More patients are taking the dietary supplement biotin, which could be throwing off a number of test results from thyroid cancer to Graves’ disease.
The thyroid test results made no sense, so the patient’s primary care physician sought help from an endocrinologist. The physician had been treating the patient’s hypothyroidism successfully with levothyroxine for some time, when suddenly her free T4 levels spiked despite a normal thyroid stimulating hormone (TSH) level.
The physician referred the patient to Cary N. Mariash, MD, professor of clinical medicine at Indiana University in Indianapolis, where additional laboratory tests had inconsistent results: her free T4 and total T3 were elevated, but her total T4, T4 index, and TSH were normal.
Fortunately, Mariash could clear up the confusion by asking the patient a simple question: “Are you taking biotin?”
Yes, she replied, she had recently started taking 10 mg a day in hopes of improving her hair and nails. Her tests returned to normal when she stopped taking biotin. The problem had nothing to do with the patient’s thyroid — the biotin was interfering with the tests.
Mariash presented this case at the recent International Thyroid Congress because he has recently encountered several patients whose abnormal thyroid test results were caused by taking biotin and “most endocrinologists don’t know about this problem.”
Carol Greenlee, MD, an endocrinologist practicing in Grand Junction, Colo., concurs that she is encountering an increasing number of confounding lab results caused by patients taking large doses of biotin.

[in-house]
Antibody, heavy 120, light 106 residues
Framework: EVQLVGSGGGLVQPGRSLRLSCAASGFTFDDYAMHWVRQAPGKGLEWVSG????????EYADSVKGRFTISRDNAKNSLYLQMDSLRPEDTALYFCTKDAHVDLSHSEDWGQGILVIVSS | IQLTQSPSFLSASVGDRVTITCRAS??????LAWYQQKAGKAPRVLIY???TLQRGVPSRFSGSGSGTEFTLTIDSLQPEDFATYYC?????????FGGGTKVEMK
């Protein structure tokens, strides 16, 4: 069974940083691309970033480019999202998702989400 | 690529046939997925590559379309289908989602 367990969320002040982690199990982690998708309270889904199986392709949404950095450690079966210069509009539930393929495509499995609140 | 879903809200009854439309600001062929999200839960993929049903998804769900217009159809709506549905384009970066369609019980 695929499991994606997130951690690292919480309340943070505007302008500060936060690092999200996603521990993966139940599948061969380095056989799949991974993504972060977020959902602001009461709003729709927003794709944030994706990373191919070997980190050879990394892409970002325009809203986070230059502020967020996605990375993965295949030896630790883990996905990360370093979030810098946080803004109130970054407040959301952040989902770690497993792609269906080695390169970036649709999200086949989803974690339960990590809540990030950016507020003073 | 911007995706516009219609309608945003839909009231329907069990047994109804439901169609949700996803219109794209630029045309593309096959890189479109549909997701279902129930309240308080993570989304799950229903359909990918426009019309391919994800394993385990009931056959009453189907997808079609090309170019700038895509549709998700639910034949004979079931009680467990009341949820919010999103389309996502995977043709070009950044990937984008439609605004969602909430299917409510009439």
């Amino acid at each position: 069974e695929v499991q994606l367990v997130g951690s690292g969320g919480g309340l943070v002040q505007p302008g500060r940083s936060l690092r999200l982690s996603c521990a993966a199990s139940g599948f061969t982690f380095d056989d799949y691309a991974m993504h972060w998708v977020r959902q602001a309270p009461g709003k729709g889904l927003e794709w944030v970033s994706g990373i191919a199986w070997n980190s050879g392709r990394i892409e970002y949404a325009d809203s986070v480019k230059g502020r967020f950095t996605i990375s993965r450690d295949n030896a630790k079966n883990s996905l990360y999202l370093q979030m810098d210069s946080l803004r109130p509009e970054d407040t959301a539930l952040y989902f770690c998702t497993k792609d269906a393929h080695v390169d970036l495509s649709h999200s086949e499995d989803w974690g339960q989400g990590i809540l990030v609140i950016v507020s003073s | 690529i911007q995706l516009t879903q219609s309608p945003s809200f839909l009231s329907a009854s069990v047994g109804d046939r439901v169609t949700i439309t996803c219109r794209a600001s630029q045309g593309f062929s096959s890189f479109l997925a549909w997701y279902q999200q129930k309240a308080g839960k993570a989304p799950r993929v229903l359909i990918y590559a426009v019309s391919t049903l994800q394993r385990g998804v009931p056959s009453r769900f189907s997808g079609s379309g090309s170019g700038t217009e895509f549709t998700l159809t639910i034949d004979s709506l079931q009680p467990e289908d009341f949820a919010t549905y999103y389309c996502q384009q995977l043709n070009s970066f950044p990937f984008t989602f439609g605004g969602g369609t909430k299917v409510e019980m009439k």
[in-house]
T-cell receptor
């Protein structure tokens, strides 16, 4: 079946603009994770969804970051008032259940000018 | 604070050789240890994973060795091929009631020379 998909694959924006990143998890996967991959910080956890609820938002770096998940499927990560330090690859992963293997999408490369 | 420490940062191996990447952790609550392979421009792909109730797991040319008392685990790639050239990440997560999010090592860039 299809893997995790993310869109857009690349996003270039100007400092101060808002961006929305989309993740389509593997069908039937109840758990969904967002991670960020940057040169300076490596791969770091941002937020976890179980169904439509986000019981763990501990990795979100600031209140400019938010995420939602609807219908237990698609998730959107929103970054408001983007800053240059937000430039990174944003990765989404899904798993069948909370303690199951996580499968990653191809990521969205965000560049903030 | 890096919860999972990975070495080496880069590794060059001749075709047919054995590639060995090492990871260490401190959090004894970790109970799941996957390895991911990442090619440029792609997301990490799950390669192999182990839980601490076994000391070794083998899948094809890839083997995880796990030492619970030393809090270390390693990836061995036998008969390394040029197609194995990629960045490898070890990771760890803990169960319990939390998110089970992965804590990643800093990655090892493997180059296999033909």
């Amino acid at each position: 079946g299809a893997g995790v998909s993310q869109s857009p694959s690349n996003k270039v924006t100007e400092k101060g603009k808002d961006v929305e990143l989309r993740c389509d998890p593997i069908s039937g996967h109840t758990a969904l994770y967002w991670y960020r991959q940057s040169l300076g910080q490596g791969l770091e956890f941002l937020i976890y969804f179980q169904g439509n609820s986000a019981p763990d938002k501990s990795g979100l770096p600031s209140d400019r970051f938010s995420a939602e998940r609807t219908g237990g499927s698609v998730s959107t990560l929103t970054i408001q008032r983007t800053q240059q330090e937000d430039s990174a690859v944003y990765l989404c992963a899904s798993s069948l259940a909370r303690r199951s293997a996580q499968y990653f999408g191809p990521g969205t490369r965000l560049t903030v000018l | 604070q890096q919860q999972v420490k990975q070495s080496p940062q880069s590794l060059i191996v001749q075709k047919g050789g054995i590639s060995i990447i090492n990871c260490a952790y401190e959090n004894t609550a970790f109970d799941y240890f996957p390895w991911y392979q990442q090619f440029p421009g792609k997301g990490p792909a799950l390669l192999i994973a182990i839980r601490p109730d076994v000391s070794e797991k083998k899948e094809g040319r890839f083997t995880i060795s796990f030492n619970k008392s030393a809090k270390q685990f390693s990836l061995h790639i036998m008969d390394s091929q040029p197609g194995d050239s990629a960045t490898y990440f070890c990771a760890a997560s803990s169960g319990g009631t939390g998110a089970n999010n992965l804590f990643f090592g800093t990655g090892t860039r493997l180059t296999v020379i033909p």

“I saw somebody just yesterday who has had an extensive workup for hyperthyroidism. A lot of her tests look like she has Graves, but she is taking massive doses of biotin. She probably doesn’t have any thyroid problem. We could be treating people for Graves’ disease who don’t have it, and that’s really scary.” — Carol Greenlee, MD, endocrinologist, Grand Junction, Colo.
“I saw somebody just yesterday who has had an extensive workup for hyperthyroidism. A lot of her tests look like she has Graves’, but she is taking massive doses of biotin. She probably doesn’t have any thyroid problem. We could be treating people for Graves’ disease who don’t have it, and that’s really scary,” Greenlee says.
An Unregulated Supplement
Many people have begun taking biotin mainly in the belief that it is a key contributor to keratin, and therefore can improve hair, nails, and skin. It is marketed under a number of names, including vitamin B7, vitamin H, and coenzyme R, and sometimes may be listed only as an unnamed supplement to improve hair and nails.
It is a B vitamin, and the Institute of Medicine recommends a daily intake of 30 mcg. That’s what a multivitamin such as Centrum Silver contains. But some patients, like the one Mariash treated, are taking milligram amounts, and might not consider it a medication, so not worth mentioning. It is marketed over the Internet, and Mariash recently saw a television advertisement for it, so its popularity could continue to grow.
An Issue with Assays
The problem is that almost all immunoassays today contain biotin because they rely on the biotin–streptavidin attraction to either anchor the assay’s antibodies to a capture surface or capture them once they have reacted with a patient sample, according to Stefan K. Grebe, MD, PhD, professor of laboratory medicine & pathology and co-director of the endocrine laboratory at the Mayo Clinic in Rochester, Minn.